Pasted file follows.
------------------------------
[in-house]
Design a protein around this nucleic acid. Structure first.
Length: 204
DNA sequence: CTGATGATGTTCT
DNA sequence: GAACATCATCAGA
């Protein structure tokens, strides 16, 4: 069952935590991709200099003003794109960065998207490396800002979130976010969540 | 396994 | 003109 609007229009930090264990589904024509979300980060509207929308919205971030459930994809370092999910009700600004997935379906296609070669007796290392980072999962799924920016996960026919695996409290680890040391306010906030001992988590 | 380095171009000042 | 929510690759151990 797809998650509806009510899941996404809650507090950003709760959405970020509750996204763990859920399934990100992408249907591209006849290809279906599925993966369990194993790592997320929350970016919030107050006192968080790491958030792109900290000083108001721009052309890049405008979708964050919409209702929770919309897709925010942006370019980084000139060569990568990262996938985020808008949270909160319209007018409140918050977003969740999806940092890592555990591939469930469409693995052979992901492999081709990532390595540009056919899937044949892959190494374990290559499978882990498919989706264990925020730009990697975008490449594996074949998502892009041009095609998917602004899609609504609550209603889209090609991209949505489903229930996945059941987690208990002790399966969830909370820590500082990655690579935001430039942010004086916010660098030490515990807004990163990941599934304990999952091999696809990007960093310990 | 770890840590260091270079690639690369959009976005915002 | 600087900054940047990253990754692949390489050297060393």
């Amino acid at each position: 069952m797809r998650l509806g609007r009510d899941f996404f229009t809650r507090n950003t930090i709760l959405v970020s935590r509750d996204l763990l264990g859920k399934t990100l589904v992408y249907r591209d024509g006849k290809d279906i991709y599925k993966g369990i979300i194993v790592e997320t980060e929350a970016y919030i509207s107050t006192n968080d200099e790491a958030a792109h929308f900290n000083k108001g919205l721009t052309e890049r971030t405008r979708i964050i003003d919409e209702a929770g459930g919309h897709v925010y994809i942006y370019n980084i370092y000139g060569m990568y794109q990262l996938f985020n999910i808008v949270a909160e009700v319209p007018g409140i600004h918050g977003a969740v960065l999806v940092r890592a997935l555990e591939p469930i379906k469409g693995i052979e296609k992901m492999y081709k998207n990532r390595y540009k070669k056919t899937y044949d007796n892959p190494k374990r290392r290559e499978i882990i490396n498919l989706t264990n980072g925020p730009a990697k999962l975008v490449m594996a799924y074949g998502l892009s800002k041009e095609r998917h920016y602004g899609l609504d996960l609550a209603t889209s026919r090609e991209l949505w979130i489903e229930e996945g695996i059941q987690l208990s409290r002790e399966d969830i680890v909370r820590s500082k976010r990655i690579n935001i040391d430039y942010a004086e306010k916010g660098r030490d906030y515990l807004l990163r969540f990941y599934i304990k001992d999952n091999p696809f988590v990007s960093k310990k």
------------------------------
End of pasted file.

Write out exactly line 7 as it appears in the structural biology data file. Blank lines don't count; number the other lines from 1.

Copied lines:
């Amino acid at each position: 069952m797809r998650l509806g609007r009510d899941f996404f229009t809650r507090n950003t930090i709760l959405v970020s935590r509750d996204l763990l264990g859920k399934t990100l589904v992408y249907r591209d024509g006849k290809d279906i991709y599925k993966g369990i979300i194993v790592e997320t980060e929350a970016y919030i509207s107050t006192n968080d200099e790491a958030a792109h929308f900290n000083k108001g919205l721009t052309e890049r971030t405008r979708i964050i003003d919409e209702a929770g459930g919309h897709v925010y994809i942006y370019n980084i370092y000139g060569m990568y794109q990262l996938f985020n999910i808008v949270a909160e009700v319209p007018g409140i600004h918050g977003a969740v960065l999806v940092r890592a997935l555990e591939p469930i379906k469409g693995i052979e296609k992901m492999y081709k998207n990532r390595y540009k070669k056919t899937y044949d007796n892959p190494k374990r290392r290559e499978i882990i490396n498919l989706t264990n980072g925020p730009a990697k999962l975008v490449m594996a799924y074949g998502l892009s800002k041009e095609r998917h920016y602004g899609l609504d996960l609550a209603t889209s026919r090609e991209l949505w979130i489903e229930e996945g695996i059941q987690l208990s409290r002790e399966d969830i680890v909370r820590s500082k976010r990655i690579n935001i040391d430039y942010a004086e306010k916010g660098r030490d906030y515990l807004l990163r969540f990941y599934i304990k001992d999952n091999p696809f988590v990007s960093k310990k």